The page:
And that's not even getting into the companions. We have  Tosin Cole as Ryan, Bradley Walsh as Graham and Mandip Gill as Yaz -- a young black man, a middle-aged white dude, and a middle eastern woman. Sharon D. Clarke also has an unspecified recurring role. I am absolutely excited about all of them.  Yes, even the middle-aged white dudes. Moffat and RTD both seem to have favored young women for companions, and it leads to the inevitable "young girl falling for vaguely human-ish alien who notices her feelings way less often than he should" trope. (Donna was a great break from this. At some point I will probably wax eloquent on the many ways in which Donna Noble is the best companion of all time, but not today.)

Anyway. I want to see a bunch of different experiences, a bunch of perspectives on traveling through all of space and time, and I want to see how they clash and what common ground they find in making sense of the universe in all its infinite weirdness. It sounds like Chibnall is in agreement there, too. The original show had a group of companions, and so the new batch are a throwback to that. But he also said in an interview, “I love Doctor Who as a big, popular, mainstream, accessible show. So I wanted to make sure that every member of the audience felt they had a relatable character, an access point."

I also hope it will change the dynamic to something a little more platonic. Rose was a definitely romance, with a case of jealous boyfriend. Martha was unrequited love. Donna was a good friendship. Amy had a massive "are they or are they not a thing?" with a bit of jealous boyfriend thrown in. Clara fancied Matt Smith's doctor, and then spent most of the time playing nanny to Peter  Capaldi's doctor while he made insulting comments about her appearance. Bill was a good start in breaking the cycle of romance, but there was an unhealthy and teacher-student vibe that didn't sit right with me. Which actually brings me to my next point.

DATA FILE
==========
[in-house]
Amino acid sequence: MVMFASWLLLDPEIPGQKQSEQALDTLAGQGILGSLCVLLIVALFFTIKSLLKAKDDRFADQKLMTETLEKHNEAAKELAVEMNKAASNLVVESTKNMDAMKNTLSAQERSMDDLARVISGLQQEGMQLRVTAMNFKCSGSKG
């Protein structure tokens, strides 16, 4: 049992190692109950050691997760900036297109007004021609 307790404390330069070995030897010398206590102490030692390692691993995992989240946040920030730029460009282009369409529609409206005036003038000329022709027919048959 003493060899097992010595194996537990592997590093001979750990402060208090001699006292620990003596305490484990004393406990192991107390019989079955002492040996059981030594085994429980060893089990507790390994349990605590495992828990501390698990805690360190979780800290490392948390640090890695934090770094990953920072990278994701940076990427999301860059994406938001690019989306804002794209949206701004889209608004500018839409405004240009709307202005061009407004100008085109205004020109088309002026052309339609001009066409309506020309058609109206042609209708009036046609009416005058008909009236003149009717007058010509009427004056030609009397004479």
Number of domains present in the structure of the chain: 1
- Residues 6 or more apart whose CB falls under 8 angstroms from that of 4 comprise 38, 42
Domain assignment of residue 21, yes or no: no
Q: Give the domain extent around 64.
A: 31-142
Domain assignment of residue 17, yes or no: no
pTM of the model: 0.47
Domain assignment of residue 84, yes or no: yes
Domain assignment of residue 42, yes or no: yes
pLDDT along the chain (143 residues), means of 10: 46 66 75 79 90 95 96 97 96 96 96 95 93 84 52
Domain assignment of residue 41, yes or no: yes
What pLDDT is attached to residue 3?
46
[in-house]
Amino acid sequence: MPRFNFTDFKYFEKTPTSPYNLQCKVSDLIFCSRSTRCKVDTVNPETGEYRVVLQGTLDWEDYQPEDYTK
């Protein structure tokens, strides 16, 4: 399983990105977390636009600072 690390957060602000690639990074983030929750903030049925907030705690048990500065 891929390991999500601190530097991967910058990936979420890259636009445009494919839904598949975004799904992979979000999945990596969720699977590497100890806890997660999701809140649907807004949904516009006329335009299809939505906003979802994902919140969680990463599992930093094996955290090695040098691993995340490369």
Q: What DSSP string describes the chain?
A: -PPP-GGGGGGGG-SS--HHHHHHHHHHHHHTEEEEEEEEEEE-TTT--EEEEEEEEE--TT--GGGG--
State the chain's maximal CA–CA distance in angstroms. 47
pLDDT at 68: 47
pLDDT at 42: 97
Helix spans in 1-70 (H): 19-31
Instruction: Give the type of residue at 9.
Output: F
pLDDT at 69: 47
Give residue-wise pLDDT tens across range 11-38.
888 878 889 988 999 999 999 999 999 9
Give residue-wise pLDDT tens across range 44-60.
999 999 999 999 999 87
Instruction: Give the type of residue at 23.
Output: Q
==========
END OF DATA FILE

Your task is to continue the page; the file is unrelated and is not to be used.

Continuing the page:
2. Empower the Companions

OK, so technically Chris Chibnall is calling them "friends" now, not companions. I wonder how well that's gonna stick given how firmly entrenched the term "companion" is in the recent lore. But as I've been rewatching Doctor Who, the moments I am enjoying most are when the companions are standing shoulder-to-shoulder with the Doctor. When they help find solutions, when their thoughts and ideas are treated as valid and not 10 steps behind the Doctor.

As much as I love to see that the Doctor isn't perfect and can have flaws and moments of darkness, petulance, despair, and even childishness, I feel like 11 and 12 in particular were super prone to this sort of behavior. Clara, as a companion, was saddled with handling the worst of it. Even with Bill, Peter Capaldi's Doctor was difficult. He'd flip the dynamic entirely around and tell Bill to decide what happens, because for some reason he doesn't have that right or responsibility -- even when Bill has barely any understanding of what's going on or what's at stake. The Doctor's companions-slash-friends need to be more than just the people who tell the Doctor to quit whining/get it together/don't do this thing.